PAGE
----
Moss serves as a cheap pollution monitor:

Moss serves as a cheap pollution monitor:


  • Delicate mosses found on rocks and trees in cities around the world can now be used to measure the impact of atmospheric change and could prove a low-cost way to monitor urban pollution, as per Japanese scientists.


  • The “bio-indicator” retorts to pollution or drought-stress by changing shape, density or disappearing, permitting scientists to calculate atmospheric alterations, said Yoshitaka Oishi, associate professor at Fukui Prefectural University.
  • The used method is very cost effective and vital for getting information about atmospheric conditions.

What are Mosses?

  • Mosses are a common plant in all cities so we can use this method in many countries.
  • They have a big potential to be bio-indicators.
  • Humid cities where moss thrives could benefit most from using bryophytes, a collective term for mosses, hornworts and liverworts – as bio-indicators, adding moss could be monitored in its natural environment or cultivated for analysis.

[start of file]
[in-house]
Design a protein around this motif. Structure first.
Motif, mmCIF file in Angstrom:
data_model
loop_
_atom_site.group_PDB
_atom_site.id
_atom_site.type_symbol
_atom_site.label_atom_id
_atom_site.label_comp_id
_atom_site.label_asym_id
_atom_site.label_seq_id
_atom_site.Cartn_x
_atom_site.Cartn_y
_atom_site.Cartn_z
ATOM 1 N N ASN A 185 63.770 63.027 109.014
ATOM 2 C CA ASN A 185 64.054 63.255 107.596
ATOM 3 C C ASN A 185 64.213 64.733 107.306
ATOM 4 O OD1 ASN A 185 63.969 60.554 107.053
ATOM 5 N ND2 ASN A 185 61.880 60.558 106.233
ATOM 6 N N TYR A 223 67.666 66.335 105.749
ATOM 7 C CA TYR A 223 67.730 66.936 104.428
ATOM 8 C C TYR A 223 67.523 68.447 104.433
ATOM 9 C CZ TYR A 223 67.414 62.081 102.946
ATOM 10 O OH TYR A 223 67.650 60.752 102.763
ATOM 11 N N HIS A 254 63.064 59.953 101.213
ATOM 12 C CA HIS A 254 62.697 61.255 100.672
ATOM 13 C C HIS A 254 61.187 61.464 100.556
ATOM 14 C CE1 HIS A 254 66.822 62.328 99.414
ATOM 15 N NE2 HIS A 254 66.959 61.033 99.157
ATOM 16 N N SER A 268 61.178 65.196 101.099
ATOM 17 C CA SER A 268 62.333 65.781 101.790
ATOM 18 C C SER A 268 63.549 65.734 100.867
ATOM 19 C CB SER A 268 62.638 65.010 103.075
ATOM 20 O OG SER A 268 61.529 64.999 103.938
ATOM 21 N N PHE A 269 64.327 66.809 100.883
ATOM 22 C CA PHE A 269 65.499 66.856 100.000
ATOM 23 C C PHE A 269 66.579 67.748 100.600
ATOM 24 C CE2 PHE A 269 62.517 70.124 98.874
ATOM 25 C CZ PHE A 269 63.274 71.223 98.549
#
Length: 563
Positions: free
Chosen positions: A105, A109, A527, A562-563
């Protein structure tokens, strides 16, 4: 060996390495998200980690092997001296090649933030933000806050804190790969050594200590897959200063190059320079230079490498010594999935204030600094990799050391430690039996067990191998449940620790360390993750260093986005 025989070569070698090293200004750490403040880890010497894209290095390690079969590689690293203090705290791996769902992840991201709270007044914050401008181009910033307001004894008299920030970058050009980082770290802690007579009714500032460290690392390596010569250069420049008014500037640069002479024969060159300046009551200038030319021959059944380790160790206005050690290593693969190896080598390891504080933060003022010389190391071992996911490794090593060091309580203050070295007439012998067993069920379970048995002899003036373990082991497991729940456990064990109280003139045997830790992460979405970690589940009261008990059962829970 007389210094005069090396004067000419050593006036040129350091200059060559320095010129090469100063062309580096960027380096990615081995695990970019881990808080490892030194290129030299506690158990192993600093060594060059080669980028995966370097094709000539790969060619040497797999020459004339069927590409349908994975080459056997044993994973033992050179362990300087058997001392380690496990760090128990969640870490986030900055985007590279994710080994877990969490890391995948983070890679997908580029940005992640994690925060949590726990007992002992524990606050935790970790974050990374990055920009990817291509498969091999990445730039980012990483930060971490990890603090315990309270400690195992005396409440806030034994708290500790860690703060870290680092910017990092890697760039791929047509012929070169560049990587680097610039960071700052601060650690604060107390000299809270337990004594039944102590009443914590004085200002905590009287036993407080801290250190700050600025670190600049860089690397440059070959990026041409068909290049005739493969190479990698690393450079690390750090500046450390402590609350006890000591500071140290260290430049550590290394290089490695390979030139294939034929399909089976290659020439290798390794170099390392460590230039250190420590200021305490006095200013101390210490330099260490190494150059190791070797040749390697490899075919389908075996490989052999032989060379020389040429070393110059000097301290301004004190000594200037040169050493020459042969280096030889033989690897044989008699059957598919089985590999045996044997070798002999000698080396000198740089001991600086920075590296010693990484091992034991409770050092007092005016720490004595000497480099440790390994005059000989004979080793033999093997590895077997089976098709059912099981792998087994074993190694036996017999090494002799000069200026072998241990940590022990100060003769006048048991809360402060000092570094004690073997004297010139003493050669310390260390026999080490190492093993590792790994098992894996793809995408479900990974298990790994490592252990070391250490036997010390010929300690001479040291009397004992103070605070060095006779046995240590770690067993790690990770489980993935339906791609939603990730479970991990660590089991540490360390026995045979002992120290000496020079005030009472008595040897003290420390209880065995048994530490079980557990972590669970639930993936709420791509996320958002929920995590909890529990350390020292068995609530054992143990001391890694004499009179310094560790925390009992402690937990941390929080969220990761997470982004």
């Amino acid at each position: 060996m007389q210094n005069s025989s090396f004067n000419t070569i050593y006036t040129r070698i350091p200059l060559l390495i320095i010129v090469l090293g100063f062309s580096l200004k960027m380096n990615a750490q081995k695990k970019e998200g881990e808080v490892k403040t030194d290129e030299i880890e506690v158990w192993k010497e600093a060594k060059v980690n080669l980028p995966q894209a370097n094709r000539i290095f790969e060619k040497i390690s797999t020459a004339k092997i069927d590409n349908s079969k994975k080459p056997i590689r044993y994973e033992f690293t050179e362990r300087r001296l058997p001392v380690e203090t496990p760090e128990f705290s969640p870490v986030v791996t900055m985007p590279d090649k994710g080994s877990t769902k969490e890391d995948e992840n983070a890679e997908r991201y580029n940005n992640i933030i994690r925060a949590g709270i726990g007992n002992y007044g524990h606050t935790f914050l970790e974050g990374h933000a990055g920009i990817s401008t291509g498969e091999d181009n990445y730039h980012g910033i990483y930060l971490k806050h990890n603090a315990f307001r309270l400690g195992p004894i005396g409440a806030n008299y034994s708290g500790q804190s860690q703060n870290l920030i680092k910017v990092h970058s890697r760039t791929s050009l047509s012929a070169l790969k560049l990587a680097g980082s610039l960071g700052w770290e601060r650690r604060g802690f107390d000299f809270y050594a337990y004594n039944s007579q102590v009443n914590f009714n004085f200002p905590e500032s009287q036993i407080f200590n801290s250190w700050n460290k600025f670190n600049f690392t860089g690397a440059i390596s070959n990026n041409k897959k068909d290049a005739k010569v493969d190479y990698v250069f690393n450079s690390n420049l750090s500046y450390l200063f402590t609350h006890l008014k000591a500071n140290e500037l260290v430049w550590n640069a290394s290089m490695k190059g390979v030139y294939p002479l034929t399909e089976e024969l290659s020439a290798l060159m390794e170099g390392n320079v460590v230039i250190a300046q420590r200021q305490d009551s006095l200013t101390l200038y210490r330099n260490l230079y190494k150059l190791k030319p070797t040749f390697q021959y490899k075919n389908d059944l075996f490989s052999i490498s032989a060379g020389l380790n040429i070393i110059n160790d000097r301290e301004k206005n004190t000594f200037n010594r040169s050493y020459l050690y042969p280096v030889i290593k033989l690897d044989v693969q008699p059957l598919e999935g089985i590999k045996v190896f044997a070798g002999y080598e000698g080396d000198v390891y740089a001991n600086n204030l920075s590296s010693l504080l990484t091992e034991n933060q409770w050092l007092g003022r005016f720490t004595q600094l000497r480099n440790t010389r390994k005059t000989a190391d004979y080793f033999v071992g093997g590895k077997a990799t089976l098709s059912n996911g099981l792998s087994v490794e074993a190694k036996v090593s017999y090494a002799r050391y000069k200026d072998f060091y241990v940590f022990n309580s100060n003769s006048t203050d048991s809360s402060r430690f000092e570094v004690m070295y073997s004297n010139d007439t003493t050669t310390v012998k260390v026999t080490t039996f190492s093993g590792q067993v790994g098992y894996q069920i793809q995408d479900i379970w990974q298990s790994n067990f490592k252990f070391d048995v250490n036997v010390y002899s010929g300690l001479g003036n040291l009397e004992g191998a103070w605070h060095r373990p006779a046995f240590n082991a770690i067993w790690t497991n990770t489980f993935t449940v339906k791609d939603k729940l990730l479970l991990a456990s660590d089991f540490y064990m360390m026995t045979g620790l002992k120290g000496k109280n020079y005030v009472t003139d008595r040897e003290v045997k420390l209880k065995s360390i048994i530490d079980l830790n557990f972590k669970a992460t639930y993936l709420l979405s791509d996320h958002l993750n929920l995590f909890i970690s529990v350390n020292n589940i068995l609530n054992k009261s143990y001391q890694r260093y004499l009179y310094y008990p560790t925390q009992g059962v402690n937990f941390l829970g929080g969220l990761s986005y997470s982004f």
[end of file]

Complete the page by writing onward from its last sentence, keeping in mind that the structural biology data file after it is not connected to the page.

Effects of nitrogen pollution

  • In a research paper published in the Landscape and Urban Planning journal explained the effect of nitrogen pollution, air quality and drought-stress on moss found over a 3km square (1.9 mile) area in Hachioji City in northwestern Tokyo.
  • The study exhibited severe drought-stress tended to occur in areas with high levels of nitrogen pollution, which it said raised concerns over the impact on health and biodiversity.
  • However, the scientists could not efficiently measure air purity which affects the number of moss types as pollution levels in the sample area were not high enough.
  • If the air pollution is severe, the purity is also evaluated by moss; the change of the moss is very diverse according to the environmental problem.
  • Bio-indicators such as mosses, which generally absorb water and nutrients from their immediate environments were often cheaper to use than other methods of environmental evaluation, and can also reflect changes to ecosystems.
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